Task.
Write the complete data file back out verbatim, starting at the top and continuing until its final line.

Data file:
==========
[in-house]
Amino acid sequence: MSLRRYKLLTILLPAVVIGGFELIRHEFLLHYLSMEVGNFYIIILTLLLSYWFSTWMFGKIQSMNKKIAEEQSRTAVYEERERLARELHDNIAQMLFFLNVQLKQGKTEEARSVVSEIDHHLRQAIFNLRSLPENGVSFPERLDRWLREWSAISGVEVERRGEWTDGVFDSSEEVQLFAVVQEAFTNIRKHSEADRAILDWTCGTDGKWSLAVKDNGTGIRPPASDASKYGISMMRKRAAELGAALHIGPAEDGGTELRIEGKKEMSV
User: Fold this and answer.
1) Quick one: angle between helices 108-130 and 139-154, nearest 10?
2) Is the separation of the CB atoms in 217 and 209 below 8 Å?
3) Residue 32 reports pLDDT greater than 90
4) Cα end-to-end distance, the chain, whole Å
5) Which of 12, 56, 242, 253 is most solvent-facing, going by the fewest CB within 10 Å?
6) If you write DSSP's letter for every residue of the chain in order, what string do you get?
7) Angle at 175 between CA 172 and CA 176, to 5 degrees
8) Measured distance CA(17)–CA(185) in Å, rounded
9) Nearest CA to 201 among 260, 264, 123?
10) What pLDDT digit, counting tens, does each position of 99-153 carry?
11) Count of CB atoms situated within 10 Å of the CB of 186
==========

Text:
[in-house]
Amino acid sequence: MSLRRYKLLTILLPAVVIGGFELIRHEFLLHYLSMEVGNFYIIILTLLLSYWFSTWMFGKIQSMNKKIAEEQSRTAVYEERERLARELHDNIAQMLFFLNVQLKQGKTEEARSVVSEIDHHLRQAIFNLRSLPENGVSFPERLDRWLREWSAISGVEVERRGEWTDGVFDSSEEVQLFAVVQEAFTNIRKHSEADRAILDWTCGTDGKWSLAVKDNGTGIRPPASDASKYGISMMRKRAAELGAALHIGPAEDGGTELRIEGKKEMSV
User: Fold this and answer.
1) Quick one: angle between helices 108-130 and 139-154, nearest 10?
2) Is the separation of the CB atoms in 217 and 209 below 8 Å?
3) Residue 32 reports pLDDT greater than 90
4) Cα end-to-end distance, the chain, whole Å
5) Which of 12, 56, 242, 253 is most solvent-facing, going by the fewest CB within 10 Å?
6) If you write DSSP's letter for every residue of the chain in order, what string do you get?
7) Angle at 175 between CA 172 and CA 176, to 5 degrees
8) Measured distance CA(17)–CA(185) in Å, rounded
9) Nearest CA to 201 among 260, 264, 123?
10) What pLDDT digit, counting tens, does each position of 99-153 carry?
11) Count of CB atoms situated within 10 Å of the CB of 186